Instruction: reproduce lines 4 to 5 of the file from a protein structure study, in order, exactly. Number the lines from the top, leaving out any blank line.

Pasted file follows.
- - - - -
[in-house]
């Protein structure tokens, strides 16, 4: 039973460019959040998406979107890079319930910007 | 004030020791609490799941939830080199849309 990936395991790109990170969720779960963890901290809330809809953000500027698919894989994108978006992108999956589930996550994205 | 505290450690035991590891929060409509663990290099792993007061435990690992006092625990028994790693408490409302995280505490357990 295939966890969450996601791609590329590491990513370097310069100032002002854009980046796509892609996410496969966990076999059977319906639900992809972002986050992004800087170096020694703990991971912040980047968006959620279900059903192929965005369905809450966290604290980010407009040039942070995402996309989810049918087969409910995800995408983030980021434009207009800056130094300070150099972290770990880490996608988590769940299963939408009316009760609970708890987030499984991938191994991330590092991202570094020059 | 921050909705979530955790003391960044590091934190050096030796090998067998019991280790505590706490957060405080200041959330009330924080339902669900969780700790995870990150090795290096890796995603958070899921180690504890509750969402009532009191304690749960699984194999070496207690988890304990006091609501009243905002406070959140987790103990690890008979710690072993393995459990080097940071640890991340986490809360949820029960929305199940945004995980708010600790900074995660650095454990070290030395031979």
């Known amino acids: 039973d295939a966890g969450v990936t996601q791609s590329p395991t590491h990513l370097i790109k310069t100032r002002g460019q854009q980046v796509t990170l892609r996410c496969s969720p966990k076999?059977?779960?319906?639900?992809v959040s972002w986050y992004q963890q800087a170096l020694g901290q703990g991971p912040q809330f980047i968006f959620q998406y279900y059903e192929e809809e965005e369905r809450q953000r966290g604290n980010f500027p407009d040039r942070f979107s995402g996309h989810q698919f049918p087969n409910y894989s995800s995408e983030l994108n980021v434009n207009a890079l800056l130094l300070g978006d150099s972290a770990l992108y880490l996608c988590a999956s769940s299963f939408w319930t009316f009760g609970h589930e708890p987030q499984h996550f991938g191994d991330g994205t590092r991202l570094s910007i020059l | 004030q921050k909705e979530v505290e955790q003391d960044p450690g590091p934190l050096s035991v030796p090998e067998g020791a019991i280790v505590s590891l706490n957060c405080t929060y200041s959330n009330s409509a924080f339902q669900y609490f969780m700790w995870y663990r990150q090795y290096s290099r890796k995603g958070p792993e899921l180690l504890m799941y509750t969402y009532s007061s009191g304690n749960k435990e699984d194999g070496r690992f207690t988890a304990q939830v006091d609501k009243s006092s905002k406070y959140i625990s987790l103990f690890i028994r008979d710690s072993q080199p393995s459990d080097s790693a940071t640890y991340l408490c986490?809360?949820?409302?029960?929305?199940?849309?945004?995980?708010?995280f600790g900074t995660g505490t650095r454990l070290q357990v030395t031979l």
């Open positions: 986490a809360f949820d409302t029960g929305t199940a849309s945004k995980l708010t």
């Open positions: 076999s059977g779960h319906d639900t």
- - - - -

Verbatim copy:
């Open positions: 986490a809360f949820d409302t029960g929305t199940a849309s945004k995980l708010t």
């Open positions: 076999s059977g779960h319906d639900t």